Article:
In Night Shift Debi Gliori has used her own personal experience with depression to create moving pieces of art that really capture how depression can feel, the way it isolates you from the world and makes even simple everyday tasks seem impossible. But, more importantly, she also shows that the feelings don’t last forever and that you can come out on the other side.
A gentle and powerful story follows the experiences of Dounia, a young girl who is adopted by a family from another country, in an exploration of how it feels to be part of the interracial adoption process.
Melody has a photographic memory. She remembers everything that has ever happened to her in precise, exact detail—from the words to a song she once heard when she was little to what she ate for a typical mundane breakfast. She also knows thousands and thousands of facts. Her head is like a video camera that is always recording. Always—and there’s no delete button. She’s the smartest kid in her whole school—but, NO ONE knows because she has virtually no way of communicating. Melody has cerebral palsy. All most people see is a special needs kid–never suspecting that trapped inside this eleven-year old girl is more information and insight than they ever imagined. Being stuck inside her head is making Melody go out of her mind—that is until she discovers a computerized talking device that will allow her communicate for the first time ever. A dream come true! At last, she’s able to talk, to be in a regular classroom, and have regular conversations! Melody even joins the Whiz Kids Quiz Team—and becomes one of their most valuable members. She’s showing everyone what she is really capable of and surprising even herself with the power of her computerized voice. But, what if people—teachers, classmates, friends—don’t want Melody to succeed? And what if Melody’s new voice isn’t loud enough to be heard over all her difficulties? From multiple Coretta Scott King Award winner Sharon Draper comes a story full of heartache and hope. Melody is learning to communicate with the world…and teaching the world how to communicate with her. If you are brave enough, strong enough, if you can bear to listen, hers is a story you need to hear.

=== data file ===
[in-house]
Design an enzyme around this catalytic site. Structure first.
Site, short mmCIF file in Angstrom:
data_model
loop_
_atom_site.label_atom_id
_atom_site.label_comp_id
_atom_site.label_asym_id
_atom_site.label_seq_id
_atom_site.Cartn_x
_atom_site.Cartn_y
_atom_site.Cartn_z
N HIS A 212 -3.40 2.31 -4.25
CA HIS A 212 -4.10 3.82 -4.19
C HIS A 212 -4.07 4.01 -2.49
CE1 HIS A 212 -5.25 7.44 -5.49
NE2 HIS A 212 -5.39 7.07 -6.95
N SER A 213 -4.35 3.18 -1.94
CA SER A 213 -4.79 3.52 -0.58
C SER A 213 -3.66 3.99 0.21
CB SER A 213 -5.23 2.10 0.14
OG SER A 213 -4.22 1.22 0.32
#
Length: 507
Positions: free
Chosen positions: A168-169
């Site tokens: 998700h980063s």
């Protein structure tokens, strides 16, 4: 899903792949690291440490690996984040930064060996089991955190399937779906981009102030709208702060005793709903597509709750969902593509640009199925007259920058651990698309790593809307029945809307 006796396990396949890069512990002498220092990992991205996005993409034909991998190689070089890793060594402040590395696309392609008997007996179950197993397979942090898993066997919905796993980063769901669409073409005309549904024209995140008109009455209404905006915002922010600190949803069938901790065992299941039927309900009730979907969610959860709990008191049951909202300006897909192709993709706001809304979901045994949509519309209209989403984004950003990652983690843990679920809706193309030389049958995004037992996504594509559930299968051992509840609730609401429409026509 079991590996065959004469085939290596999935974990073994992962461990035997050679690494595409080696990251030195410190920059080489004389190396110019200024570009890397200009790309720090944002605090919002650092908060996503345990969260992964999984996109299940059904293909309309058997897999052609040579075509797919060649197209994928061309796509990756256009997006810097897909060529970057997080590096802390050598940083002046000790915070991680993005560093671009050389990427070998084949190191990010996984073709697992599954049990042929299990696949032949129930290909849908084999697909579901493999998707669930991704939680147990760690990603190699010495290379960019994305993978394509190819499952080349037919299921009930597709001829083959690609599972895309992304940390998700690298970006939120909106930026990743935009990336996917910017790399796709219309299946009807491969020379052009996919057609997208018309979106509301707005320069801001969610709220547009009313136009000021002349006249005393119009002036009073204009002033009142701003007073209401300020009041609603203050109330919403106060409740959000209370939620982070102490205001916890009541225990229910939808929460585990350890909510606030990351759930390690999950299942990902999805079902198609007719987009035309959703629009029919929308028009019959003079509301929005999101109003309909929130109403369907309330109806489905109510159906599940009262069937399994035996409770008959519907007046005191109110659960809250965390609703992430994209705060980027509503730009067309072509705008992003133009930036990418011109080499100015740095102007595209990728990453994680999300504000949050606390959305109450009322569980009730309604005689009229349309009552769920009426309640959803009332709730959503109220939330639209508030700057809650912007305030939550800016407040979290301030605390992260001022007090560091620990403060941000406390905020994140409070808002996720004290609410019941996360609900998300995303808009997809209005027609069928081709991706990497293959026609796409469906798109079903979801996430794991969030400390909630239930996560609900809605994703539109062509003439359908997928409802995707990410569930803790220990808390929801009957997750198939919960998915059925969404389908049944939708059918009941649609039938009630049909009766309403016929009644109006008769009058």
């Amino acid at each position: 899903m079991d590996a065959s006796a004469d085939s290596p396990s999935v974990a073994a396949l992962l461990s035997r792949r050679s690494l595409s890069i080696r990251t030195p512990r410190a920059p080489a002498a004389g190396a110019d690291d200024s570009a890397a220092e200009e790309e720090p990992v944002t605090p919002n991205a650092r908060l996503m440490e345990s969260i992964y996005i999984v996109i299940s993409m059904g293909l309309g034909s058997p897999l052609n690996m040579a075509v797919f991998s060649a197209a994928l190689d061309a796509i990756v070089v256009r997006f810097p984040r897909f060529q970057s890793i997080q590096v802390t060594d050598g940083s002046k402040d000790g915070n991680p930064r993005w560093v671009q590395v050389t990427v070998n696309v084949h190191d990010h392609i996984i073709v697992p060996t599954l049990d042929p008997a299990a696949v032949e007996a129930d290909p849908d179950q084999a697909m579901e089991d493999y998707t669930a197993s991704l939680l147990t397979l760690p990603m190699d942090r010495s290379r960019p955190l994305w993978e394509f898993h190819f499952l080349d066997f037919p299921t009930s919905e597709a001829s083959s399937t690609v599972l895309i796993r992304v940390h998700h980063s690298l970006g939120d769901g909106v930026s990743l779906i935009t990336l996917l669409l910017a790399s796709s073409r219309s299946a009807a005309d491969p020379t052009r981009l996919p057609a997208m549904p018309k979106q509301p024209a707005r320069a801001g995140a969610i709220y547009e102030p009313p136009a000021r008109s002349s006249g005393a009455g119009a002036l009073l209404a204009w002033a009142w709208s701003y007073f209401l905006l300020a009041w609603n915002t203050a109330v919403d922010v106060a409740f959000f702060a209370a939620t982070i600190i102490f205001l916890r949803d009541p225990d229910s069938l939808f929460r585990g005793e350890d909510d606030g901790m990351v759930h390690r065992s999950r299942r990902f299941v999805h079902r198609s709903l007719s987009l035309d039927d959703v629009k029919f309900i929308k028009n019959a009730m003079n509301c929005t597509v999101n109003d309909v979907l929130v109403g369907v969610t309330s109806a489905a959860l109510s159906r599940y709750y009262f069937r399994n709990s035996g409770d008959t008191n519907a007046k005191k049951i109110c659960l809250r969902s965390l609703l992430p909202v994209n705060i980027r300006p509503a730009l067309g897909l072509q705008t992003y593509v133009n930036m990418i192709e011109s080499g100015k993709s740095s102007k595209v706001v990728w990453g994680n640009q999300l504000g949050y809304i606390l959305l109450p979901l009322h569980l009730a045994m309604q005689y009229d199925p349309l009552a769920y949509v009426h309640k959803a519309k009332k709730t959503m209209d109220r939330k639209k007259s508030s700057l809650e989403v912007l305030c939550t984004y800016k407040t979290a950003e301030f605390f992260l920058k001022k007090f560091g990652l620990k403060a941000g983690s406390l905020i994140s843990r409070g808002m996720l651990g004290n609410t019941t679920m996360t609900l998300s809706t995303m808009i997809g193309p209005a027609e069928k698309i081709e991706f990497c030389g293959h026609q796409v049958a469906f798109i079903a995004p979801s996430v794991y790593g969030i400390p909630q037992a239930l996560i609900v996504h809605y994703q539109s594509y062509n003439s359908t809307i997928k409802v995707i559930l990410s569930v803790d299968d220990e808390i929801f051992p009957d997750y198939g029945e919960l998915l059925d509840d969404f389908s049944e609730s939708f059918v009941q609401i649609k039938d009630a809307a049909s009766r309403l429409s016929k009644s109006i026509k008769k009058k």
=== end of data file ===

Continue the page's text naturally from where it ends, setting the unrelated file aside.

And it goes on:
See the review at WOW Review Volume 5, Issue 4
Even though he has only one leg, Niya Moto is studying to be a samurai, and his five fellow-students are similarly burdened, but sensei Ki-Yaga, an ancient but legendary warrior, teaches them not only physical skills but mental and spiritual ones as well, so that they are well-equipped to face their most formidable opponents at the annual Samurai Games.
WINNER OF THE NEWBERY MEDAL!
Kate DiCamillo introduces a hero for all time!
Welcome to the story of Despereaux Tilling, a mouse who is in love with music, stories, and a princess named Pea. It is also the story of a rat called Roscuro, who lives in the darkness and covets a world filled with light. And it is the story of Miggery Sow, a slow-witted serving girl who harbors a simple, impossible wish. These three characters are about to embark on a journey that will lead them down into a horrible dungeon, up into a glittering castle, and, ultimately, into each other’s lives. And what happens then? As Kate DiCamillo would say: Reader, it is your destiny to find out.
From the master storyteller who brought us BECAUSE OF WINN-DIXIE comes another classic, a fairy tale full of quirky, unforgettable characters, featuring twenty-four stunning black-and-white illustrations by Timothy Basil Ering, in an elegant design that pays tribute to the best in classic children’s books and bookmaking traditions.
The beloved author of BECAUSE OF WINN-DIXIE enlightens us with a tale of adventure, despair, love, and soup.
Here’s a book that begs to be read aloud. From the very first “GRRRRRR!” and “ROAR!” of the Super Hungry Dinosaur, kids will be rooting for Hal to save his parents and his dog, Billy, from the huge beast. And Hal saves them in the most unusual way (hint: It involves spaghetti) in this delightful twist on the tantrum story from well-loved and bestselling author Martin Waddell and debut illustrator Leonie Lord.
The author describes the many challenges he faced as the son of Mexican American migrant workers during his quest to continue his education and become an academic success, overcoming poverty, family turmoil, guilt, and self-doubt.
This book is a sequel to The Circuit (1997) and Breaking Through (2001), which covered Mexican-born Jiménez’s childhood.